Indian culture has been significantly affected by Western culture, primarily due to British Colonialism in India for over 300 years. In the 1660s, The British East India Company organised trading posts in India. Gradually, the empire expanded its role in India, eventually controlling Indian industry and commerce. Most scholars and historians blame the British colonists for degrading and dividing Indian society. However, Western culture positively impacted Indian culture, although some of the positive effects were not realised until India achieved its independence in 1947.
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During British occupation, India was modernised and industrialised. British industrialists invested huge amounts of capital in the region. The British East India Company built the world's third-largest railroad network, which connected regions and enabled the country to develop a modern economy. Western culture also improved Indian culture with the development of a road network, telephone and telegraph lines, many dams and bridges and irrigation canals. During British occupation, these developed systems of transportation and communication benefited the British, rather than Indians. But they were put in place for Indian culture to take advantage of when the country finally achieved its independence.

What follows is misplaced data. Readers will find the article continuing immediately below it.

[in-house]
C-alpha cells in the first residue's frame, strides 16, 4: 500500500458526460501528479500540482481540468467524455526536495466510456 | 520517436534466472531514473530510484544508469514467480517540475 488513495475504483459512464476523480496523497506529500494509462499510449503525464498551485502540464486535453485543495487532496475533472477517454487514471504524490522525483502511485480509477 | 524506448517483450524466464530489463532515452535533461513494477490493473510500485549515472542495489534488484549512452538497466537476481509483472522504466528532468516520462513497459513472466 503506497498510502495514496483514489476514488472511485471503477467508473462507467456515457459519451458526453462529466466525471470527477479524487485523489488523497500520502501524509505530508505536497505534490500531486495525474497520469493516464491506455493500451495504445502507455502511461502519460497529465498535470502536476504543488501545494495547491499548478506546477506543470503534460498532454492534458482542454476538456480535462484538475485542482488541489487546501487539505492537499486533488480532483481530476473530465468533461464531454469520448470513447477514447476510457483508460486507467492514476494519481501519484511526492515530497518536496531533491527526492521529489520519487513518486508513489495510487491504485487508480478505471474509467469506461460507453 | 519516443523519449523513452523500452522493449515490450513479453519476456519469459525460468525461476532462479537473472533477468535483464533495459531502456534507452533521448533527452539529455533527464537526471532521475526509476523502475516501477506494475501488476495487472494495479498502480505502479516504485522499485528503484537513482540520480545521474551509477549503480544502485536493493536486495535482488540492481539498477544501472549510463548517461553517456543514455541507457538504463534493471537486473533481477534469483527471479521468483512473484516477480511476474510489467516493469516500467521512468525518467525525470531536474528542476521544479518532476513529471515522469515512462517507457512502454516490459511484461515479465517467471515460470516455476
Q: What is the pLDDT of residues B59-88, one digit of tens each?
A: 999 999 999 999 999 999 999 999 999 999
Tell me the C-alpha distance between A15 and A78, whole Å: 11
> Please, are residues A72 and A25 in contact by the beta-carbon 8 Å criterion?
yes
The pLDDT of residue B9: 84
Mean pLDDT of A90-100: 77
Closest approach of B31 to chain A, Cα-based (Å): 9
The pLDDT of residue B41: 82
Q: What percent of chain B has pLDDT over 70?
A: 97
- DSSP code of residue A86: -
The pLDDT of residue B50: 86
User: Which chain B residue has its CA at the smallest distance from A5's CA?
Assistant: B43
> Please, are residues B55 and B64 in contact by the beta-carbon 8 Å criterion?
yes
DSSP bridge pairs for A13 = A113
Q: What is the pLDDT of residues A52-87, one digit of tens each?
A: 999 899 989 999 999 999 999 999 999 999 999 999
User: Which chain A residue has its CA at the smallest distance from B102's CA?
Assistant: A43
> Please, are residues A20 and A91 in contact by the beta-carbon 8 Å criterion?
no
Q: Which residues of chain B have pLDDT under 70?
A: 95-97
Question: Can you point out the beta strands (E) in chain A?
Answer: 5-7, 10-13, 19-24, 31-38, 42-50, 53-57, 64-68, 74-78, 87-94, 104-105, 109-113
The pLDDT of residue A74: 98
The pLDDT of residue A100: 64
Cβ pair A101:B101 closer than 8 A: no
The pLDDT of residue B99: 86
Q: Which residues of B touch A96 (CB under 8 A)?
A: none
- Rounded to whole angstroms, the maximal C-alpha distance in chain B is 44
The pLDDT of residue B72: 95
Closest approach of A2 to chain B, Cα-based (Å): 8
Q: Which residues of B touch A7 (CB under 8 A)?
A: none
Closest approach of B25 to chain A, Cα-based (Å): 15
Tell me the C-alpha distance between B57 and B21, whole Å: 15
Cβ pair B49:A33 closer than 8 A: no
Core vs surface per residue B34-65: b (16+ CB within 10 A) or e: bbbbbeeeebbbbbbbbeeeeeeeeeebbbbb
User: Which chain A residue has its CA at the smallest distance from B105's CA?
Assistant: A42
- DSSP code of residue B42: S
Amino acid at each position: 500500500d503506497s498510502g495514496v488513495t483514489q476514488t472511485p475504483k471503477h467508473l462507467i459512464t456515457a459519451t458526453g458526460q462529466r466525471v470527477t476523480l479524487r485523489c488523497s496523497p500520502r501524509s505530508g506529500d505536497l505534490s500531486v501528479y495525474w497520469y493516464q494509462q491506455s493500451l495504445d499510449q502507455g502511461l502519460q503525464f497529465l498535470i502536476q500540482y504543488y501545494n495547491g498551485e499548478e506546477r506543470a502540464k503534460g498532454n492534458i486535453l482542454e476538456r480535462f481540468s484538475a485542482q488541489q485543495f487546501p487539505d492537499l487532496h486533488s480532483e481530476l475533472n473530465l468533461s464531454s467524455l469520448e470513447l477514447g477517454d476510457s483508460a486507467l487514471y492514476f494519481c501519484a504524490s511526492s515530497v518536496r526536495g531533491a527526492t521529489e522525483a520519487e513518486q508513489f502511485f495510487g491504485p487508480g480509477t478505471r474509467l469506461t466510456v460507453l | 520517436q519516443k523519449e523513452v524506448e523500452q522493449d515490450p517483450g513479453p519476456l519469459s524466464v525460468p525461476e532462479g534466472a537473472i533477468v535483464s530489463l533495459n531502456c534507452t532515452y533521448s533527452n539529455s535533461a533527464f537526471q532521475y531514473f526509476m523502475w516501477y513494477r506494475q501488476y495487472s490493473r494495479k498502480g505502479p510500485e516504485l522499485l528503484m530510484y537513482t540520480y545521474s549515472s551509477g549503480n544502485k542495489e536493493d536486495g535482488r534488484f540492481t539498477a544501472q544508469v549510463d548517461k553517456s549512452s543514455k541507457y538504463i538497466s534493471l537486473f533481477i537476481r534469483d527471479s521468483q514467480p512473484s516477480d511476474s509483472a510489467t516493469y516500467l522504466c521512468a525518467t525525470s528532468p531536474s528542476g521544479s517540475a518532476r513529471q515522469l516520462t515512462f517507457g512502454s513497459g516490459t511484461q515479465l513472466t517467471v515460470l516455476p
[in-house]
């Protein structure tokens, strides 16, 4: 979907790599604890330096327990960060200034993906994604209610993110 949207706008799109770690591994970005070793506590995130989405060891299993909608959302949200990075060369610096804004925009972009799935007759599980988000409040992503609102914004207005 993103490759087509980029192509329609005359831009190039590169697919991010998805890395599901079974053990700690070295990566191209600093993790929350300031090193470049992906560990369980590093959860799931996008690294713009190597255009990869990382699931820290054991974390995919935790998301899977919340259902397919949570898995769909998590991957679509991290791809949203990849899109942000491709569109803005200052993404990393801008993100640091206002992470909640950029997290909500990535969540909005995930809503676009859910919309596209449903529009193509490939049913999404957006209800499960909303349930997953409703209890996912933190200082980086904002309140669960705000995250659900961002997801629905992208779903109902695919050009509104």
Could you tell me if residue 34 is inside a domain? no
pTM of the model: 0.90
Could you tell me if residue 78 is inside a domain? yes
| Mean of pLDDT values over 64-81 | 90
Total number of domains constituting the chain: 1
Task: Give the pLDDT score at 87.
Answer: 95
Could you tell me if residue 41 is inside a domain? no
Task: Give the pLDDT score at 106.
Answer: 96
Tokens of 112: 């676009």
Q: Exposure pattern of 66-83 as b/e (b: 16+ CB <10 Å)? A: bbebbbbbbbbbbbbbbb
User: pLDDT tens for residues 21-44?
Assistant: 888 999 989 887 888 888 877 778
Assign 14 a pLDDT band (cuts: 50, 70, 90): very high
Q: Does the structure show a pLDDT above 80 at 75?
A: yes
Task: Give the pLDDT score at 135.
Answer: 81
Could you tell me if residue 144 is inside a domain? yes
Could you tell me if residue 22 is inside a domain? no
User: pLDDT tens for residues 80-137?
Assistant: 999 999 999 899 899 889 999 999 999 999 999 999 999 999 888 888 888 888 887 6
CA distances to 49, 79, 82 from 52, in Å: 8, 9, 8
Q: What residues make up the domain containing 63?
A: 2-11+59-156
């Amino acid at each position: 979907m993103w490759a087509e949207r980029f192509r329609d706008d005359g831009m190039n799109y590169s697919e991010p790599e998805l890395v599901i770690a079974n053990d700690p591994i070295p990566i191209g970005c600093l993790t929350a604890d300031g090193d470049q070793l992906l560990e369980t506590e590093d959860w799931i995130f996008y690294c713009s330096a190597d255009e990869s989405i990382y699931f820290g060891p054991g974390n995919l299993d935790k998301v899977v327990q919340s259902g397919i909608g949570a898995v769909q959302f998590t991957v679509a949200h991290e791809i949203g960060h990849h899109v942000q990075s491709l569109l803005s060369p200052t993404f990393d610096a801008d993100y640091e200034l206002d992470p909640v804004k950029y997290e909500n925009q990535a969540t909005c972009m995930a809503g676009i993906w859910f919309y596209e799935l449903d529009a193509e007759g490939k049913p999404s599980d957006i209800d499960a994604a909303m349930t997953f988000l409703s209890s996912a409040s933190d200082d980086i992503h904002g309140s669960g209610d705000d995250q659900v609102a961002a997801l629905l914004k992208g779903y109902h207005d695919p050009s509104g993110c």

Due to Western influence, Indian culture benefited from improved sanitation and public health. Many Western doctors emigrated to India and introduced the region to Western medicine. Further, many wealthier Indians were trained and educated abroad in Western medicine and then returned to their home country to practice. Western medicine significantly reduced disease and sickness, in large part because health care became accessible.
The presence of Western traders in India increased the demand for goods and services in India. As a result of the British living in India, Indian artisans, weavers and craftsmen were steadily employed. Although they were deprived of the full profits of their labours, these artisans and craftsman grew in numbers, and the Indian labour force became more skilled and handy. By the time the British left the subcontinent, a greater percentage of Indians had acquired skills to make a living.
Indian culture benefited from Western culture in the area of education. During British occupation, many schools and colleges were built throughout India. Literacy increased and, for the first time, the poorest classes of society had access to knowledge.
Prior to British colonisation, India was ruled by the Mughal Dynasty. In fact, it was only when that empire began to collapse that the British were able to gain control over the subcontinent. India was afflicted by much infighting for and against the dynasty. The British troops cleared India of many bandits and ended local warfare between the country's competing political rules. The British also introduced India to parliamentary democracy, upon which the independent nation was eventually founded.
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